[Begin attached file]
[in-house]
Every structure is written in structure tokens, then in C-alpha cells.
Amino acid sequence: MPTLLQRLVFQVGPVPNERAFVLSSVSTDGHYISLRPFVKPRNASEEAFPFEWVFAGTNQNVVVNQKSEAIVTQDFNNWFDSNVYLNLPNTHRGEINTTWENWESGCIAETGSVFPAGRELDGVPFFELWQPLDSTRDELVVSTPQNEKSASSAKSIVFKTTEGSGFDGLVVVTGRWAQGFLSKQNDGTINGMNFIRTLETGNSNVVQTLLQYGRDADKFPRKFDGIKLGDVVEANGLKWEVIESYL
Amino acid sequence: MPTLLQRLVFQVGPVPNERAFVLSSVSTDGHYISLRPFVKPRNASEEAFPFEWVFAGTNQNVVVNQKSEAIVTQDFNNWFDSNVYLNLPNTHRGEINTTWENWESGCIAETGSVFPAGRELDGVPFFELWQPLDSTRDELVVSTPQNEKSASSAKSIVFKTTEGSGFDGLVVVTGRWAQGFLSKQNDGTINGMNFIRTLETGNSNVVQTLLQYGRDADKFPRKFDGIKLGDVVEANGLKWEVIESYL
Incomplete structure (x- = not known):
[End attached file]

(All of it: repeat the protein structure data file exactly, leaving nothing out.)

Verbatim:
[in-house]
Every structure is written in structure tokens, then in C-alpha cells.
Amino acid sequence: MPTLLQRLVFQVGPVPNERAFVLSSVSTDGHYISLRPFVKPRNASEEAFPFEWVFAGTNQNVVVNQKSEAIVTQDFNNWFDSNVYLNLPNTHRGEINTTWENWESGCIAETGSVFPAGRELDGVPFFELWQPLDSTRDELVVSTPQNEKSASSAKSIVFKTTEGSGFDGLVVVTGRWAQGFLSKQNDGTINGMNFIRTLETGNSNVVQTLLQYGRDADKFPRKFDGIKLGDVVEANGLKWEVIESYL
Amino acid sequence: MPTLLQRLVFQVGPVPNERAFVLSSVSTDGHYISLRPFVKPRNASEEAFPFEWVFAGTNQNVVVNQKSEAIVTQDFNNWFDSNVYLNLPNTHRGEINTTWENWESGCIAETGSVFPAGRELDGVPFFELWQPLDSTRDELVVSTPQNEKSASSAKSIVFKTTEGSGFDGLVVVTGRWAQGFLSKQNDGTINGMNFIRTLETGNSNVVQTLLQYGRDADKFPRKFDGIKLGDVVEANGLKWEVIESYL
Incomplete structure (x- = not known):